21 September 2017
Helping the Burrard Inlet ecosystem: salt marsh in New Brighton Park already attracting juvenile salmon and rich marine life
Vancouver Park Board
Sept 21, 2017
A new tidal wetland in New Brighton Park in east Vancouver has been created to improve access to nature for park visitors, and provide habitat for fish, birds and other wildlife. Salmon fry have already been swimming in the marsh.
The Vancouver Park Board and Port of Vancouver, in consultation with Musqueam, Squamish and Tsleil-Waututh Nations, have worked together on this unique project to improve the health of Burrard Inlet.
Native plants, including 25,000 salt marsh plugs, over 800 trees, and 3,500 shrubs have been planted in the newly constructed wetland. These will benefit a broad range of species such as songbirds, raptors, and native bees.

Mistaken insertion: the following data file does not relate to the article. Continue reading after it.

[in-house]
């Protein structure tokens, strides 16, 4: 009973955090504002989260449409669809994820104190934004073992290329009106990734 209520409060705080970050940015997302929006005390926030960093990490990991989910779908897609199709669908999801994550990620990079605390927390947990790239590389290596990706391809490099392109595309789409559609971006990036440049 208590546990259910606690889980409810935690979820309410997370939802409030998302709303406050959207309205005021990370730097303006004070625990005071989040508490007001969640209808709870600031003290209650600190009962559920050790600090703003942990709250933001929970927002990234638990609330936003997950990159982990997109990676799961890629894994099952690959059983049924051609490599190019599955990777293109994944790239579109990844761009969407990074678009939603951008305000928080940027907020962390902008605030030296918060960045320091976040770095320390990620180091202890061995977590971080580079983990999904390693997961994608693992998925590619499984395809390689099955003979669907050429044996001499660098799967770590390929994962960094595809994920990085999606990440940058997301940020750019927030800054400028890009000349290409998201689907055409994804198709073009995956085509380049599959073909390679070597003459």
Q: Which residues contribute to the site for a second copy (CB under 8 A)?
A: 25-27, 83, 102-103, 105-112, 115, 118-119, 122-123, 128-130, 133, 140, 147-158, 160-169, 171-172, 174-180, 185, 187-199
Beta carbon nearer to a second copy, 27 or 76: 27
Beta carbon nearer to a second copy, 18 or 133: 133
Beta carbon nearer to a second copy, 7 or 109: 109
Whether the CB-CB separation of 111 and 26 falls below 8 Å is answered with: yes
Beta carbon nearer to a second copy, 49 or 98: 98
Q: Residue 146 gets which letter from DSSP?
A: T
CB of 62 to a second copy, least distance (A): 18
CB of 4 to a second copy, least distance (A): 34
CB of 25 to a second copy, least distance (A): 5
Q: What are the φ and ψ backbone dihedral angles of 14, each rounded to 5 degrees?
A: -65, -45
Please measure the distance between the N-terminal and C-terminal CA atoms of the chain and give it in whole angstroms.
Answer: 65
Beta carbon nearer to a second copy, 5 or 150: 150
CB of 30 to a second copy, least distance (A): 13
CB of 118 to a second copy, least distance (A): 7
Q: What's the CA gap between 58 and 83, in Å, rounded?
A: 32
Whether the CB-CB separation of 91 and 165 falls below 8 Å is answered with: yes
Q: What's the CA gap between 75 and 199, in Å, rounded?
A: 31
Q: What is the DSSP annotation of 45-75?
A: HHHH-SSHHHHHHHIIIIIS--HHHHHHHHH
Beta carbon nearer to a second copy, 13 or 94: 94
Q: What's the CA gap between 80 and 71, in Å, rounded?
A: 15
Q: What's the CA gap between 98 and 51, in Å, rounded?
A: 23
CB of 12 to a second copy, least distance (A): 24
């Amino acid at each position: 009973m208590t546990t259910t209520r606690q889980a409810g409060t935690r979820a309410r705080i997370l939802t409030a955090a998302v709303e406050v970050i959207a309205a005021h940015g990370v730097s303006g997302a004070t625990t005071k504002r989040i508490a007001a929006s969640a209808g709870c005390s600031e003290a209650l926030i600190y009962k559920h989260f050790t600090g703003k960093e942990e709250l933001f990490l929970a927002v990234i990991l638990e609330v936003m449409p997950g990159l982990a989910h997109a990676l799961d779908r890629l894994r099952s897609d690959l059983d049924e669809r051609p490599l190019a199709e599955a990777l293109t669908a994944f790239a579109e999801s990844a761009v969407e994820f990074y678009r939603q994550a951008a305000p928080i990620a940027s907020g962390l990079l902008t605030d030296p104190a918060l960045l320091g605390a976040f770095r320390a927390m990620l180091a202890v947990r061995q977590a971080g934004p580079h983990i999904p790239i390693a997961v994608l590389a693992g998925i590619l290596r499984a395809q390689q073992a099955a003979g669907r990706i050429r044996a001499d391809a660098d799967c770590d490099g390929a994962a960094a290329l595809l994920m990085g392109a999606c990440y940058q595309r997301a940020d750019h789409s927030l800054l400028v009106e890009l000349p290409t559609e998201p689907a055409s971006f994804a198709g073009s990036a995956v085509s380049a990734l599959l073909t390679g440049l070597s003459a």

Media are invited to learn more at a celebration event hosted by the Port of Vancouver:
· When: 11am Thursday September 21, 2017
· Where: New Brighton Park, 3201 New Brighton Road
· Who: Park Board Chair Michael Wiebe, VP of Port Infrastructure Cliff Stewart, representatives
from Musqueam, Squamish and Tsleil-Wauthuth First Nations, invited guests
· What: Celebration followed by media tour of salt marsh led by First Nations biologist
Parking available adjacent to the park on New Brighton Road or in the parking lot at the corner of New Brighton Road and Commissioner Street*
Loss of tidal wetlands from Coal Harbour to Second Narrows has impacted fish and wildlife. The creation of a salt marsh is also part of the restoration of Hastings Creek through Hastings Park.
Salt marshes prevent coastal erosion and reduce flooding and act as nurseries and refuges for many species of marine animals, and protect water quality by filtering runoff.
The Park Board is working on similar biodiversity projects elsewhere such as restoring a historical stream through Volunteer and Tatlow parks on the city’s west side. Construction is expected to begin next summer.
These initiatives support the Park Board’s Biodiversity Strategy to improve ecosystems throughout the city.